1 red pepper, sliced into strips

1 yellow or green pepper, sliced into strips

1 large  yellow onion,  chopped

handful of cashews

1 head of lettuce…I find butter lettuce and romaine are the easiest

Ingredients for salsa and guacamole.  You can buy store-bought (try to look for brands with just vegetables and herbs and spices in them) but it’s so much tastier and healthier if you can make your own.  Simple recipes for both guacamole and salsa can be found in this post.

1/4 tsp cayenne pepper

1/4 tsp black pepper

1/4 tsp onion powder

smattering of smoked paprika

1 garlic clove, smashed

1 tsp olive oil


1. In a large pot, toss some olive oil and the smashed garlic and cook on medium heat until fragrant

2. Add chicken breasts and cook through.

3. Toss in peppers, onion and spices.

4. Cook till al dente, or until you suspect the veggies might be tender-crispish.

5. Cut chicken into strips, either right in the pot or on to a cutting board you’ve dredged up

6. While everything cooks, prep salsa and guac (or uncork your store bought versions)

7.Pick apart your lettuce into cups and set aside (like so)


8. Grind up your cashews in a  coffee grinder, or smash with some kind of kitchen utensil.

9. Pull out any hot sauce you may need.

10. Remove chicken/pepper/onion/spice concoction from pan and place into lettuce wraps.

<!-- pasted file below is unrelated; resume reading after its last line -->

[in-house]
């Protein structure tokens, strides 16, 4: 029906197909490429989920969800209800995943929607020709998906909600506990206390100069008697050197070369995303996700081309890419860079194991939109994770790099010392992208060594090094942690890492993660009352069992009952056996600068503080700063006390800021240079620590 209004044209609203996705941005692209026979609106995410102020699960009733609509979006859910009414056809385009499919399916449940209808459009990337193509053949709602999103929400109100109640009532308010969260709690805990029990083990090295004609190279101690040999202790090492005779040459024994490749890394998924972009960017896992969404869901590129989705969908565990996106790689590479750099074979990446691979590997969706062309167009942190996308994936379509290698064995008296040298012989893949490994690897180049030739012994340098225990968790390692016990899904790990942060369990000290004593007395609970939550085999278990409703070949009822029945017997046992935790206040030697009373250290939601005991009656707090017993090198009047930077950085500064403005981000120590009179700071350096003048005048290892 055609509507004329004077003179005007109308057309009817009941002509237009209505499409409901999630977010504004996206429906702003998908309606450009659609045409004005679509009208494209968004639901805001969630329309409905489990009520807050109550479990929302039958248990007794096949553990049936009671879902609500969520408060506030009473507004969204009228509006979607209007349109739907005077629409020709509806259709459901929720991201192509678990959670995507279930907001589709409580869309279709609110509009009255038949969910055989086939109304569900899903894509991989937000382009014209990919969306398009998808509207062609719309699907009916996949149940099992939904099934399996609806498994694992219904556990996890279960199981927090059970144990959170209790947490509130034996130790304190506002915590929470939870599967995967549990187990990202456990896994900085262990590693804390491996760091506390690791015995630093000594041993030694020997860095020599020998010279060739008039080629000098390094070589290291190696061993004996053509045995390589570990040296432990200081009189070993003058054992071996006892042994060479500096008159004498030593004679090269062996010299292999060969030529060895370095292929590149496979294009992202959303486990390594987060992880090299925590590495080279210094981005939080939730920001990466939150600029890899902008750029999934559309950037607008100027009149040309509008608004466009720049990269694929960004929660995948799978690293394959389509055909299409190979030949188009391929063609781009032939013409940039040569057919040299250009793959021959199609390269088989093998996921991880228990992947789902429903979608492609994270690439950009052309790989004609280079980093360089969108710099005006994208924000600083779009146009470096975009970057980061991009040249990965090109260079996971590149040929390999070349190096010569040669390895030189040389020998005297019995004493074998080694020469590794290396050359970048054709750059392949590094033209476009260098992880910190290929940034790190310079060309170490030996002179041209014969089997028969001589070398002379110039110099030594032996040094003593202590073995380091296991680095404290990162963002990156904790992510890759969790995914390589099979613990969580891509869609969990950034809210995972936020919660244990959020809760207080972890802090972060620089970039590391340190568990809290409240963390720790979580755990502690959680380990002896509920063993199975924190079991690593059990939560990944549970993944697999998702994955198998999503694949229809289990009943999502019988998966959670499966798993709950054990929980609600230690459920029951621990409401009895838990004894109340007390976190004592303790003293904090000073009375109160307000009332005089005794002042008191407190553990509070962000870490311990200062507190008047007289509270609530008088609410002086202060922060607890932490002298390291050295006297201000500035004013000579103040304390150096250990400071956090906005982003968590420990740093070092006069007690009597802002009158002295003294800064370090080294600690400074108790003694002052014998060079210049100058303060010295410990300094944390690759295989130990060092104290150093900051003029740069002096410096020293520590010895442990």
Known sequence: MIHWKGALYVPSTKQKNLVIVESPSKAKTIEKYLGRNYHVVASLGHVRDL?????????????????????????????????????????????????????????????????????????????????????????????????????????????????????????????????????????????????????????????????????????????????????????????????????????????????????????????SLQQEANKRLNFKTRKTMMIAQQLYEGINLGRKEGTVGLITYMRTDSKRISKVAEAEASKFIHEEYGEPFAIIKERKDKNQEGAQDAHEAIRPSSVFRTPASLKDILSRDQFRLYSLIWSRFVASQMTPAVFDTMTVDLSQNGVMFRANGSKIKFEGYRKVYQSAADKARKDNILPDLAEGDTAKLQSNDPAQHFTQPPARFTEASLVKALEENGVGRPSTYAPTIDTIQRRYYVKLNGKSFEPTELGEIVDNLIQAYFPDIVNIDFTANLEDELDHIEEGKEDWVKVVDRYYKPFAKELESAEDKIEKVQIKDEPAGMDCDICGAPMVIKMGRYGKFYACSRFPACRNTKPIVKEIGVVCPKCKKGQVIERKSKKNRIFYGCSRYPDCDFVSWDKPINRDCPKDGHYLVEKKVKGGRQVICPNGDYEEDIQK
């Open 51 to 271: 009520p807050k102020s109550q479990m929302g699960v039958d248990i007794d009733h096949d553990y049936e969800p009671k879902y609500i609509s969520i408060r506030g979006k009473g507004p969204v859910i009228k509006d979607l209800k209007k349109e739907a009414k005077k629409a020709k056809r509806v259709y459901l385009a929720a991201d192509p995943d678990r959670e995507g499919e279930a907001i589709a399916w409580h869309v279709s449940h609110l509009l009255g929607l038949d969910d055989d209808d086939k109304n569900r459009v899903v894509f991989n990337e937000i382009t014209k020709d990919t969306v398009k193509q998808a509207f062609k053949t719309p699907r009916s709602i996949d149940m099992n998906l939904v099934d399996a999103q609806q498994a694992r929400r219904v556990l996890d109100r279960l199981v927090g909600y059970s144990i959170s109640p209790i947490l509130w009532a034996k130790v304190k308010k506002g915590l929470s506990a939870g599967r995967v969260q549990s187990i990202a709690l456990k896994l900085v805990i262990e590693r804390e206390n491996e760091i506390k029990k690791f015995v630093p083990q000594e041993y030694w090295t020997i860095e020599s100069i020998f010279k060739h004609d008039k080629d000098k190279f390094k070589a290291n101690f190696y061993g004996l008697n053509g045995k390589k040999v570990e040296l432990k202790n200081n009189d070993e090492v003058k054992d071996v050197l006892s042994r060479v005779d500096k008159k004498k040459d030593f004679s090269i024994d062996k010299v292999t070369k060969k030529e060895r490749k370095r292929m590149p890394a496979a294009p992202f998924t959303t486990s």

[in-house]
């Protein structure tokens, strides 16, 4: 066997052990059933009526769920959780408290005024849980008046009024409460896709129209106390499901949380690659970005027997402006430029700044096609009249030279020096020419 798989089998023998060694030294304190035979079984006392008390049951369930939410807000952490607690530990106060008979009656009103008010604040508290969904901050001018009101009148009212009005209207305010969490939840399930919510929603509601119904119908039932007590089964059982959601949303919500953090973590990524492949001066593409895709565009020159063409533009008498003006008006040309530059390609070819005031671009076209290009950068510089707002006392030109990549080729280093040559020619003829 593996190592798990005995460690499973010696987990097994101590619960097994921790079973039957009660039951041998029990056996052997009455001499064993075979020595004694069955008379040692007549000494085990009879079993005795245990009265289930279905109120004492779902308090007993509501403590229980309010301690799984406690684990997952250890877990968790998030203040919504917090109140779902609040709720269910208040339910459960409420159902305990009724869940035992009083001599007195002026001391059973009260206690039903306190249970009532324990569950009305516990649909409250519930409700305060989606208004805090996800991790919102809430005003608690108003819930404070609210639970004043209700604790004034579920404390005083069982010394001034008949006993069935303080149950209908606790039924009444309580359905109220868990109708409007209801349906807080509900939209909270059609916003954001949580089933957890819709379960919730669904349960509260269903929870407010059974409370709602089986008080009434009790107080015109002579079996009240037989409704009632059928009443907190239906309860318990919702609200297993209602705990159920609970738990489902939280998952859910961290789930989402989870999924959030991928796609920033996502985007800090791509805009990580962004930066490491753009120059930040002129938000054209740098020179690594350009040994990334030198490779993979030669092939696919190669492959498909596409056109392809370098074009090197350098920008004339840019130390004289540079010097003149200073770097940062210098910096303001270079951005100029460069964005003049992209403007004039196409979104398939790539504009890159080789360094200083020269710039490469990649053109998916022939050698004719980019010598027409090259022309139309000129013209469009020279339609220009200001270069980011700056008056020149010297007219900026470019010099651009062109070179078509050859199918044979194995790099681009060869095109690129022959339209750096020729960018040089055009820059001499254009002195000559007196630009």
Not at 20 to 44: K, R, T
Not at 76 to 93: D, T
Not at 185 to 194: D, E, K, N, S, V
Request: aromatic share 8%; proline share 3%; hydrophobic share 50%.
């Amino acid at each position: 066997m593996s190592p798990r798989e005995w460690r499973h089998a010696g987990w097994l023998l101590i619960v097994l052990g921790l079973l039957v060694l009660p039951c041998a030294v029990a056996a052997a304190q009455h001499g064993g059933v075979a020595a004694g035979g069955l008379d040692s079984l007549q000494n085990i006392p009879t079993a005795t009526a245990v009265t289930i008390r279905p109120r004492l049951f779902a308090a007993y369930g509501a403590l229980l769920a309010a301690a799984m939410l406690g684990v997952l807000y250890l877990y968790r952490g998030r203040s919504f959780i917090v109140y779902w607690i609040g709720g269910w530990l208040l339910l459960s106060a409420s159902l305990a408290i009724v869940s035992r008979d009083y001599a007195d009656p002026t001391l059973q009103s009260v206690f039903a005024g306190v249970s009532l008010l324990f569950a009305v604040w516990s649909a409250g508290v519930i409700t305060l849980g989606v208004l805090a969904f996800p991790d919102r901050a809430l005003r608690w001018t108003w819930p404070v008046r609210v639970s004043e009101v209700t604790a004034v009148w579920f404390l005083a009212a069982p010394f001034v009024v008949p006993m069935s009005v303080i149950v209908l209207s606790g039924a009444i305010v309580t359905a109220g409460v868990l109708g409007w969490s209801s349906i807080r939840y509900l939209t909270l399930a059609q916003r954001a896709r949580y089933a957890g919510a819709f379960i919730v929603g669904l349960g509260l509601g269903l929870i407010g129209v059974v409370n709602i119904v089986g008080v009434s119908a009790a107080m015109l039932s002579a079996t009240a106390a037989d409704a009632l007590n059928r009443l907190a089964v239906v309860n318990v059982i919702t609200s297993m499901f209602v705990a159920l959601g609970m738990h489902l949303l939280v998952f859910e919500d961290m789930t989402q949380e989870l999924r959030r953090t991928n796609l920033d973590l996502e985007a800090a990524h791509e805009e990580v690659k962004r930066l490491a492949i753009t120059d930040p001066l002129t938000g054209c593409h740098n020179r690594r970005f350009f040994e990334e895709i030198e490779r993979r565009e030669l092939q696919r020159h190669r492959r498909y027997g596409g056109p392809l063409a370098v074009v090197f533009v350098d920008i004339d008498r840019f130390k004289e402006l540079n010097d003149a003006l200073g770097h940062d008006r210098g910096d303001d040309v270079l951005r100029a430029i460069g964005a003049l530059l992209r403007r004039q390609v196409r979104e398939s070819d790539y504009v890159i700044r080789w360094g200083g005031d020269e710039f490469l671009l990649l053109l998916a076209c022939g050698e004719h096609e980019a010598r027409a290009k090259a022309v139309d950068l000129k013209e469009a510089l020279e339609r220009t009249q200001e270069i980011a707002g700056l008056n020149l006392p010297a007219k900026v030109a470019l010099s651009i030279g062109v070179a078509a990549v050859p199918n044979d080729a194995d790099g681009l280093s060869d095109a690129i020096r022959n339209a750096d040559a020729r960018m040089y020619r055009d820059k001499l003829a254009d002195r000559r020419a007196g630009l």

11. Sprinkle with cashews, guac and salsa.

12. If you’re feeling devious, add cheese (we do)


That Place You Can Go Where Nothing Else Exists

The Jesus is Lord Church is blue, and white, and I am almost positive it is supposed to be welcoming and cheery and I’m not sure it’s not because I’m reluctant or because there’s a pervasive smell of mold from underneath the carpet in the foyer.

I am 14, in a new city, and I am all giant freeze-dried bangs and blue eyeliner in a land of baggy jeans and universal Keds.  The girls at my new high school have already decided I’m vermin, and so I reluctantly accompany my Mom to Church because the misguided law of grade 10 dictates that in Church you will find either shockingly misbehaved rebel kids or long skirted quiet girls who do not care that they have been labeled vermin.  They may or may not be nice to you, depending on their level of tolerance for your unsaved soul, but the chance of a friend in a frigid city is worth the risk.  And I think my Mom thinks I need friends.